A MemoirBook - 2002
When the German historian Sebastian Haffner died in 1999 aged 91, his son discovered the manuscript for this book hidden in a chest of drawers. It had been written in 1939 in England but abandoned when the war broke out. The reasons which made Haffner put it aside - its rawness, its revelations, its closeness to the events it describes - are precisely what makes it such compelling reading today. This memoir of growing up in Berlin between 1914 and 1933 shows how his generation of German youth were seduced by Hitler and the Nazis. The First World War turned Sebastian Haffner, aged seven in 1914, into a fanatical jingoist. The numbing shock of defeat in 1918 is followed by the confusion of revolution and republic, and then the hyperinflation of 1923. The currency is stabilized but, as the 1920s continue, the Weimar Republic fails to capture the imagination of the Germans - whose capacity for private happiness, Haffner believes, has been fatally sapped by the events of 1914-1924. Under the illusion of normality, the Nazi revolution is steadily gaining ground.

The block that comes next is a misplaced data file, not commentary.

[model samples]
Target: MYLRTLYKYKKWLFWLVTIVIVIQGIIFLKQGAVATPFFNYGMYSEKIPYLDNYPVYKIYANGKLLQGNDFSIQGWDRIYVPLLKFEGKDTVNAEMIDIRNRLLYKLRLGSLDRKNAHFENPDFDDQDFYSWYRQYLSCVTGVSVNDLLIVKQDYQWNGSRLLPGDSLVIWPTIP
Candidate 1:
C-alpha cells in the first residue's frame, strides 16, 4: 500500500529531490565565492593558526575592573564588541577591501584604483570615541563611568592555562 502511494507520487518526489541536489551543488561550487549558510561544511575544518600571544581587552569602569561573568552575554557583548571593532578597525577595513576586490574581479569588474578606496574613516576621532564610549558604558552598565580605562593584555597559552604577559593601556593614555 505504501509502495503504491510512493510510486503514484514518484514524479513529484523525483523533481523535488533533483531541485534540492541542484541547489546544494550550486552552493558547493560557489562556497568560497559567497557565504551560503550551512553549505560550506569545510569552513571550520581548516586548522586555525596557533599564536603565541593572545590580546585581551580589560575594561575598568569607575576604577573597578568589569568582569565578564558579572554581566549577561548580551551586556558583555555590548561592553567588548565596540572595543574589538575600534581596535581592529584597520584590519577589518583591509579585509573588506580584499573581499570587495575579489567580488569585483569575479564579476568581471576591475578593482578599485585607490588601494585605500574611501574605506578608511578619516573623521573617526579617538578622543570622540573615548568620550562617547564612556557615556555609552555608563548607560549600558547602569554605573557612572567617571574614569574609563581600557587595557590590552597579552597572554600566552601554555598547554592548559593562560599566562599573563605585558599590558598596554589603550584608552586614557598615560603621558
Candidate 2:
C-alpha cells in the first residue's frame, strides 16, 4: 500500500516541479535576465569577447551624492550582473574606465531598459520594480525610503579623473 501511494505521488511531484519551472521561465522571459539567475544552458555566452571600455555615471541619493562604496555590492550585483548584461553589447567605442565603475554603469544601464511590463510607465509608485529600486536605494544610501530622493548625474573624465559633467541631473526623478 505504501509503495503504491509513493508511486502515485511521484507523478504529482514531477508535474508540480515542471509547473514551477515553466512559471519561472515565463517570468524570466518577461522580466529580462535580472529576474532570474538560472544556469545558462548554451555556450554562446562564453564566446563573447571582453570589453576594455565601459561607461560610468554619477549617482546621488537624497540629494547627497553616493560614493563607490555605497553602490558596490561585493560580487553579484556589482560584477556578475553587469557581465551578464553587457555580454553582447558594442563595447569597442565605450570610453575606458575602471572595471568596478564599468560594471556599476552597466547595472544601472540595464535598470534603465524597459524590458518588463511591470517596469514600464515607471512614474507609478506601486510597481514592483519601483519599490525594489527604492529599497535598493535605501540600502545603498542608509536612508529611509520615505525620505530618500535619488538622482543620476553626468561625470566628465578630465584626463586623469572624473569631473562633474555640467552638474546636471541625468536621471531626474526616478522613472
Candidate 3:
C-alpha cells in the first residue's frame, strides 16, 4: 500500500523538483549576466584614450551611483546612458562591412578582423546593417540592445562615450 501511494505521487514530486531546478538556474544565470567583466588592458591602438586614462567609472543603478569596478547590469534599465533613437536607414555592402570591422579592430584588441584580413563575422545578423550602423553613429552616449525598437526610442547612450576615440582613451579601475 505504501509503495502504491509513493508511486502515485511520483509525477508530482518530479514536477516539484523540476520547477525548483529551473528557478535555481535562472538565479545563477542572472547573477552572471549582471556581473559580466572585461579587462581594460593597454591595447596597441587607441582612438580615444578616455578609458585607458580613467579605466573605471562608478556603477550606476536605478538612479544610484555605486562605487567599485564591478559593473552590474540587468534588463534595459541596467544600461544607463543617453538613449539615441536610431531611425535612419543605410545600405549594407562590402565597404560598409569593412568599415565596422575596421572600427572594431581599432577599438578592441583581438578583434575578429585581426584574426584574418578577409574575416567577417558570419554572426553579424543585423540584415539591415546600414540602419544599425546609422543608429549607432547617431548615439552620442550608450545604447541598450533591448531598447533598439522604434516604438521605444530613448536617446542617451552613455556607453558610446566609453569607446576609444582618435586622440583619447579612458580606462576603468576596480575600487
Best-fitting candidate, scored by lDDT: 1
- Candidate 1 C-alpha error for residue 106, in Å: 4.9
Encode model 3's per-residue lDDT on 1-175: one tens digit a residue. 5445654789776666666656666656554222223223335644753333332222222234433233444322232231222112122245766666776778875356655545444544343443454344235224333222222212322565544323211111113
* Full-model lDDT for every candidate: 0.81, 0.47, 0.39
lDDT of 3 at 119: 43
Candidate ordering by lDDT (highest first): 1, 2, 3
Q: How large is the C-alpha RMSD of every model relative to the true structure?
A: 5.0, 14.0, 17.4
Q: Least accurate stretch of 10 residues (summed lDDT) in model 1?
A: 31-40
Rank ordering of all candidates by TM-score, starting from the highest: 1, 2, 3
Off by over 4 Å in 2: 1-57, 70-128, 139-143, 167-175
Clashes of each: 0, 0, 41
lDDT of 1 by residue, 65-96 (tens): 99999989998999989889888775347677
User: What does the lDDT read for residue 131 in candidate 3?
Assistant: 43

Publisher: New York : Farrar, Straus and Giroux, 2002, c2000
Edition: 1st American ed
Branch Call Number: B HAFFNER
Characteristics: 309 pages :,illustrations ;,22 cm